Yamanashi, Y., Bando, H., Matsunaga, M. et al. 2020. Development of bed-building behaviors in captive chimpanzees (Pan troglodytes): Implication for critical period hypothesis and captive management. Primates 61(5), 639-646.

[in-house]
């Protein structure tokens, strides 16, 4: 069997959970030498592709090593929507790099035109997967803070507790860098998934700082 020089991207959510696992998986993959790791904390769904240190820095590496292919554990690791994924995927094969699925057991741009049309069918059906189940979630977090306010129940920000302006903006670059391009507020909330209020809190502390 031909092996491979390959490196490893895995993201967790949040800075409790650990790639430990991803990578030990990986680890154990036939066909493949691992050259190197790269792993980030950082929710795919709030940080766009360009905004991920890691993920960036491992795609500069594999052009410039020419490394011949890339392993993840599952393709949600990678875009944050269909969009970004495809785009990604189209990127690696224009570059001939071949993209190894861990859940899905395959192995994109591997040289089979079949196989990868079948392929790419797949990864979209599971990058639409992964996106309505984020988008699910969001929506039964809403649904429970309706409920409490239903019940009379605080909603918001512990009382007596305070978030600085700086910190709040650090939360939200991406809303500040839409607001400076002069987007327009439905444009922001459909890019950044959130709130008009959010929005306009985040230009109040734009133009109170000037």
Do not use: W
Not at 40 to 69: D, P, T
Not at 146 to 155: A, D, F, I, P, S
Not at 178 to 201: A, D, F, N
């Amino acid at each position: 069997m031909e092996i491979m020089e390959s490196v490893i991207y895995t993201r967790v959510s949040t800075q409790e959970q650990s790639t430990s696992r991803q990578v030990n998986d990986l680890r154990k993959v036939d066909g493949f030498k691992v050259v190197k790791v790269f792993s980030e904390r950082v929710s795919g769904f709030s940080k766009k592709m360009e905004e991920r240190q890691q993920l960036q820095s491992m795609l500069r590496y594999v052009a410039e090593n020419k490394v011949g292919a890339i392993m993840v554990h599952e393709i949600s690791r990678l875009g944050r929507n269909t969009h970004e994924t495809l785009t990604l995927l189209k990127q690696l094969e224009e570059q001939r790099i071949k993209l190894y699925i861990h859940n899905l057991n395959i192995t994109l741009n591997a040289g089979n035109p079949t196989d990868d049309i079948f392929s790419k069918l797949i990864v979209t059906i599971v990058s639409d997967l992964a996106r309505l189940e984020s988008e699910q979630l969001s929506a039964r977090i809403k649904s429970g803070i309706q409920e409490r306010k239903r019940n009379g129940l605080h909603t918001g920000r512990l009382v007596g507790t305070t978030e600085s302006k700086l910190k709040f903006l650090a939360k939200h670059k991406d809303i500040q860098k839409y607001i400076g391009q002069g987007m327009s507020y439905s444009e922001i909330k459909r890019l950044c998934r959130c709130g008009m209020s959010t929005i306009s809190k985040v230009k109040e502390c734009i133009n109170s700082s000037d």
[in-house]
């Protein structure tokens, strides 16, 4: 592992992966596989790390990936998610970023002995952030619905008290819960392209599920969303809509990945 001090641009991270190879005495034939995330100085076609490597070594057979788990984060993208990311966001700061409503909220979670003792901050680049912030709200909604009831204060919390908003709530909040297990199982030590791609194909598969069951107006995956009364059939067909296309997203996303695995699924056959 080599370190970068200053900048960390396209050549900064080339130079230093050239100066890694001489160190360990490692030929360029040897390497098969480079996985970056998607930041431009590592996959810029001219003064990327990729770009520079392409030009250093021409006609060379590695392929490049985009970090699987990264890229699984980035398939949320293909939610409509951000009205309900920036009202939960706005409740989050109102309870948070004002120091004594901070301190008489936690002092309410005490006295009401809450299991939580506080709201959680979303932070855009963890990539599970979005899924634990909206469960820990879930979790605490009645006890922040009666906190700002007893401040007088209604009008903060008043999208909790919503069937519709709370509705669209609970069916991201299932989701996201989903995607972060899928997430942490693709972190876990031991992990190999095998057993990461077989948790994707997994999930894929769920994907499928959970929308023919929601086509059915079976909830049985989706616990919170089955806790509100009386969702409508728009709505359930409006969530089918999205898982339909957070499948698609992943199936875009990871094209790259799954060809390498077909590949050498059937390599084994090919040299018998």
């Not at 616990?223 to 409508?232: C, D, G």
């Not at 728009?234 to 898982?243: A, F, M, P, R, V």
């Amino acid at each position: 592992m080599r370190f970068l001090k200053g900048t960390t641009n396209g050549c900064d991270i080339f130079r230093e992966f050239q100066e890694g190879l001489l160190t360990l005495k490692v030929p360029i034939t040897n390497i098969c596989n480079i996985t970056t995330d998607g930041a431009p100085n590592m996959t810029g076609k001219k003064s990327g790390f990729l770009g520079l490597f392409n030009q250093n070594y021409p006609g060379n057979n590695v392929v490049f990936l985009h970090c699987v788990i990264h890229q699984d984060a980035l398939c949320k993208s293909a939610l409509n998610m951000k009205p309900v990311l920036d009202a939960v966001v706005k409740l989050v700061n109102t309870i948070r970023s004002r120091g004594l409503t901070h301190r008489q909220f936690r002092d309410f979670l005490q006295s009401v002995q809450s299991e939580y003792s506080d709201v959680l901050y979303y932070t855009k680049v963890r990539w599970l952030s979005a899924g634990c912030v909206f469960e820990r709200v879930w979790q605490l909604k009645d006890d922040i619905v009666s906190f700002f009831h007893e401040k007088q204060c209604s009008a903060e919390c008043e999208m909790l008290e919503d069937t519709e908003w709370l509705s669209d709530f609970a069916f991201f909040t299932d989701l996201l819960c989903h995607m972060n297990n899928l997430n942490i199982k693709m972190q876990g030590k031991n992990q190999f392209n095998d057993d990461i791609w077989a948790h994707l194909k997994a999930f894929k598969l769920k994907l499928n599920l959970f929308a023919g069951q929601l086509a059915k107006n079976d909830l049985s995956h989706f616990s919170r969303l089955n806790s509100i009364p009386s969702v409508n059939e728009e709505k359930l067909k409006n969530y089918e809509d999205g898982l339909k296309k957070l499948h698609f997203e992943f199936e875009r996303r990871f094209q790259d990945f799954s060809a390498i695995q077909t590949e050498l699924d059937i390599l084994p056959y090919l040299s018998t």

Wild great apes build beds for sleeping by combining tree branches or other vegetation, but the development of this behavior is poorly understood. We investigated the development of bed-building behaviors by conducting complementary cross-sectional and longitudinal studies of captive chimpanzees. In the cross-sectional study, we created an ethogram of behaviors related to bed-building by observing 59 chimpanzees living at the Kumamoto Sanctuary, Kyoto University, and the Kyoto City Zoo. In the longitudinal study, we installed bed-building platforms, provided branches on the platforms on a regular basis, and recorded behaviors of five chimpanzees (including an infant born in 2013) over a 3-year period from February 2015 to February 2018 at the Kyoto City Zoo (total 490.7 h). We found that all the chimpanzees performed some form of bed-building behavior but wild-born chimpanzees possessed more sophisticated techniques than captive-born chimpanzees. We also found that although the offspring of a wild-born female only showed simple techniques at the beginning of the longitudinal study, his repertoire of bed-building behaviors became as complex as that of his mother by the age of five. Our results suggest that improved bed-building behaviors can be supported in captive-born great apes by providing learning opportunities during appropriate stages of development.

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